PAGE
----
Class of 2016 - Player
Nicole “Sprout” Beck
Nicole “Sprout” Beck
Hometown: Santa Cruz, California
Born: March 3, 1968 (Age 53)
U.S. National Championships
7x U.S. Club Champion (1992, 1993, 1994, 2003, 2006, 2007, 2008)
1x U.S. College Runner Up (1991)
2x U.S. Club Runner Up (1991, 2002)
2x World Champion (1993, 2008)
Nicole “Sprout” Beck was a soccer star turned ultimate player sensation! She was focused, competitive, intelligent and flawless as an athlete. As a young player being nurtured on the Maine-iacs, she blossomed into a dynamic, all-around handler and cutter who pushed those around her to be better. Time and time again, Sprout would simply dominate. Her speed and vision on the field were a lethal combination; her skills spanned all areas of the game. Nicole brought women’s ultimate to another level of competition and athleticism, which garnered wide support from her peers, both women and men.
After earning national titles with the Maine-iacs and Felix, Sprout was one of the founding members of the San Francisco-area team Fury, and contributed to the growth of a dynasty with five national titles and one world title over the 12 years she was with the team. Nicole was instrumental on and off the field; she recruited players, held teaching sessions and helped develop innovative strategies that led Fury to their many successes. At the end of her competitive time with Fury, she became the only player to have her number retired. Sprout’s combination of athleticism, a strategic mind, her love of team and her dedication to our sport is the gold standard for ultimate.
U.S. National Championships
|1991||UC Berkeley College Women||2nd|
|1991||Maine-iacs Club Women||2nd|
|1992||Maine-iacs Club Women||1st|
|1993||Maine-iacs Club Women||1st|
|1994||Felix Club Women||1st|
|1995||Da Fence Club Women||Pool Play|
|1996||Townies Club Women||Pool Play|
|1997||Fury Club Women||Pool Play|
|1998||Fury Club Women||Pool Play|
|1998||Fury Club Women||1st|
|2000||Fury Club Women||3rd|
|2001||Fury Club Women||3rd|
|2002||Fury Club Women||2nd|
|2003||Fury Club Women||1st|
|2004||Fury Club Women||7th|
|2005||Fury Club Women||3rd|
|2006||Fury Club Women||1st|
|2007||Fury Club Women||1st|
|2008||Fury Club Women||1st|
What position(s) (e.g., handler, deep cutter, middle middle) did you usually play?
Throughout the history of Nicole’s career, the sport, athleticism and quality of women’s ultimate completely changed. From 1991 on the Maine-iacs through 2000, she was a handler. The top teams played dump swing strike offense with minimal long isolation looks until 1998/99 when the game started opening up via inside outs and broken marks into long throws. In the early/mid 2000’s, the game changed and some teams started playing spread. Fury converted in 2005 when she became a cutter, playing to her strengths of being able to read her defender and get open on isolation, as the dump swing handlers were required to do.
On defense, she covered handlers or other quick players. On man-to-man defense, she was gritty when her team needed to get blocks. Herself, Coach Bob Pallares and Team Captain Jennifer Donnally changed the way women played zon,; creating many subtly different but very specialized looks. Fury is still leading women’s defensive strategy to this day, continuing Nicole’s, Bob’s and Jennifer’s legacy. Throughout her career she played wing in the zone and got many blocks there using her instincts, knowledge and athleticism.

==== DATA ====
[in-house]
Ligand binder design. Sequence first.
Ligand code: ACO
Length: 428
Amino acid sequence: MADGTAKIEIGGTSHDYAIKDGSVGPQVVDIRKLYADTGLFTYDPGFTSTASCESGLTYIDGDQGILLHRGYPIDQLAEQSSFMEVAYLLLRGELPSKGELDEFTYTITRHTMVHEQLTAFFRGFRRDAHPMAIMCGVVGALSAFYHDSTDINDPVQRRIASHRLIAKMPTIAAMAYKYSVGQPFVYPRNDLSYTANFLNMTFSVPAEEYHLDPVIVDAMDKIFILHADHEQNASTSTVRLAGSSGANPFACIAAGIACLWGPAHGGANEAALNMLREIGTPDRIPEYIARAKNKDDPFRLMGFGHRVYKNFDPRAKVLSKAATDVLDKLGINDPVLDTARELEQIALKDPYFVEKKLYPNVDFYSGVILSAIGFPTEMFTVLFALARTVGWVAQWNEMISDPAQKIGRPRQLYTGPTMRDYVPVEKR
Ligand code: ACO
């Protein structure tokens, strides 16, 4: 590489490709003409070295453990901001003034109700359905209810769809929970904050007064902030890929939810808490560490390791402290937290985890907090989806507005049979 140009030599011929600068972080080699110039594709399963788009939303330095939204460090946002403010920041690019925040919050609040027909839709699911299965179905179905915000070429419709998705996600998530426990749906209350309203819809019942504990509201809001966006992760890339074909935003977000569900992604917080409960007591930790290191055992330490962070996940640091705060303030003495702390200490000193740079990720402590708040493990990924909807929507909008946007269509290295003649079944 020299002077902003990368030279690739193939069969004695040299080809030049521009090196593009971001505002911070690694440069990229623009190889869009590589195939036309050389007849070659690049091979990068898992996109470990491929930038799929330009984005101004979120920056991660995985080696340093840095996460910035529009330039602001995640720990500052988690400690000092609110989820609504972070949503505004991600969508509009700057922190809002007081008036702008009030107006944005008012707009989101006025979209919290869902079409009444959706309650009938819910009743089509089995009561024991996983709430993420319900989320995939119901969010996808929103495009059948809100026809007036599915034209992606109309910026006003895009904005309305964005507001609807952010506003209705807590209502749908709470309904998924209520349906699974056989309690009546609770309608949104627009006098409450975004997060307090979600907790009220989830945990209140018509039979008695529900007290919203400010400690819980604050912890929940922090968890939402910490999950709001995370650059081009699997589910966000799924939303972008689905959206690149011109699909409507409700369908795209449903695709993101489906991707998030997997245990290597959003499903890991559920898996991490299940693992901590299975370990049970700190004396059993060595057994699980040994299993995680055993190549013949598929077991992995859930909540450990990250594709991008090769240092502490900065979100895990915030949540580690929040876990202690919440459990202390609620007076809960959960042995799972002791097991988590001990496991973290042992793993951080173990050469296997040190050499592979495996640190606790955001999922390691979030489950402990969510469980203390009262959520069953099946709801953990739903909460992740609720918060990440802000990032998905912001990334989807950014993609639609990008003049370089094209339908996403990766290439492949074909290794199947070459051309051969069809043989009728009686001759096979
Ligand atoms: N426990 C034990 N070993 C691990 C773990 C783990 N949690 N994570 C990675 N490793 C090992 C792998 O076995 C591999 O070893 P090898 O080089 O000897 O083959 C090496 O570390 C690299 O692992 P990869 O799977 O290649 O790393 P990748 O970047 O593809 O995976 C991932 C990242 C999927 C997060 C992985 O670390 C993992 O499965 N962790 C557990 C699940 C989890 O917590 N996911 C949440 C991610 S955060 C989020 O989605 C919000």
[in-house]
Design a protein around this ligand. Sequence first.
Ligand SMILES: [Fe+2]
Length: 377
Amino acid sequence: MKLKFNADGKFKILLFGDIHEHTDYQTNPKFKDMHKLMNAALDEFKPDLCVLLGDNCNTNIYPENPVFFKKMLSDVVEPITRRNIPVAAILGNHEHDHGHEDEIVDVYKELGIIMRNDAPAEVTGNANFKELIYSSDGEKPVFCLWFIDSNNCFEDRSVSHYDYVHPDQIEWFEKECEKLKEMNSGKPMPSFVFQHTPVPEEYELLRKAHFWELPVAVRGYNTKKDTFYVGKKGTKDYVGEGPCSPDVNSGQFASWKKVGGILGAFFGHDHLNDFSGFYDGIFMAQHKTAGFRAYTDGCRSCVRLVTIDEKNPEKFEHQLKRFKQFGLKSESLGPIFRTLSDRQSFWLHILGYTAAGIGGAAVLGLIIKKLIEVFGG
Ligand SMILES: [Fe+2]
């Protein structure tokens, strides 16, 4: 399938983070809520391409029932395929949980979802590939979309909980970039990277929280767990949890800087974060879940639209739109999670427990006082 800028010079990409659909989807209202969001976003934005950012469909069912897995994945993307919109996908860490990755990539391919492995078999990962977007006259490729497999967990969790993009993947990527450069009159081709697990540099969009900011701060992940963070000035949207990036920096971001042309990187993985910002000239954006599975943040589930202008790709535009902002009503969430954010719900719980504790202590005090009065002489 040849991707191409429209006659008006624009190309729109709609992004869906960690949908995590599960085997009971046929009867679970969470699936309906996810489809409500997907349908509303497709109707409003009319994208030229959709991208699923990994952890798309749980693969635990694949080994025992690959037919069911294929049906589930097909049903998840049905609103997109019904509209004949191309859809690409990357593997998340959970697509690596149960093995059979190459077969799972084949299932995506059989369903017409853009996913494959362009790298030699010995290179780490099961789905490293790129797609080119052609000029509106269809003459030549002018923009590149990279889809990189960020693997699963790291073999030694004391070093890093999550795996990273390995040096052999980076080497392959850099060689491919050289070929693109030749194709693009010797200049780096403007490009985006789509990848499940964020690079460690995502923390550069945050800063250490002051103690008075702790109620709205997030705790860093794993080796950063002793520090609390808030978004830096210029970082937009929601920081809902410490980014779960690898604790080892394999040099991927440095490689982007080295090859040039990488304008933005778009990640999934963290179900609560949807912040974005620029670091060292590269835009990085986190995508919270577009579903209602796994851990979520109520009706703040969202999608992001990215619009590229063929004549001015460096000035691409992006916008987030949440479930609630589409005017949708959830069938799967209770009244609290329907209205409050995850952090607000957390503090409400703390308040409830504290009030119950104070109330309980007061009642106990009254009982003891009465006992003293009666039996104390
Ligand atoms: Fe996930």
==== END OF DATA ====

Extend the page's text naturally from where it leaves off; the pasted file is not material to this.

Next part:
Please describe your major accomplishments - both as a teammate and individual?
Top Ten in chronological order.
10. 1992 Won her first National Championship with the Maine-iacs
9. 1994 Felix never lost a game, usually in completely dominant fashion
8. 1995 Townies missed qualifying for Nationals by a few points under the lights in the Northwest with about 12 active players
7. 1997 Fury missed qualifying for Nationals by a few points under the lights in Eugene with about nine active players
6. 1999 Fury at Tune Up and Coach Bob Pallares’ gutter speech after losing to Women on the Verge (Seattle), again
5. 1999 Fury finally beat Women on the Verge in the semifinals and went on to win their first title and our first tournament all year
4. 2006 Fury crushed all opponents in the finals, playing like they were at the park with friends
3. 2008 Fury came back from 2-10 to take their third title in a row with a final score of 15-12
2. 2008 “That just happened” Fury won Worlds (FUSA), Nationals and Spirit Award
1. Watching Fury dominate on ESPN today
Please explain why you stood out among the elite players of your time. What was it that you did best, or were known for?
I always strove to peak at regionals, then Nationals. I love the trophy. If I was 100% healthy at Nationals, I think I typically played like a “stud”. On the Maine-iacs, I was a starter and key defender. On Felix, I was one of many “studs” and we rolled over the competition. On Fury (1997-2003), I likely played over 70 percent of the points all year, and I think only in 1998 did Fury underachieve as a team. In 2004 I lost my mom and played exceptionally well for her, but the Fury team chemistry was off. The finals at nationals in 1999, 2002 and 2006 may have been my best performances on the big stage. I have not even played pick up since Nationals 2008.
What role did you play on the best (or most overachieving team) that you played on?
From 1997 to 2003, she played on 70 percent of the points all year. These resulted in two national titles as well as a second place finish at Nationals.
Why do you believe you are worthy of being inducted into the Ultimate Hall of Fame?
Nicole was a dominant player with outstanding leadership, charisma, work ethic, vision and innovation. She was the most committed player on championship teams that spanned the early 1990’s to the later 2000’s. Her influence on the game is still felt today in the way teams prepare, how the practice and how they strategize.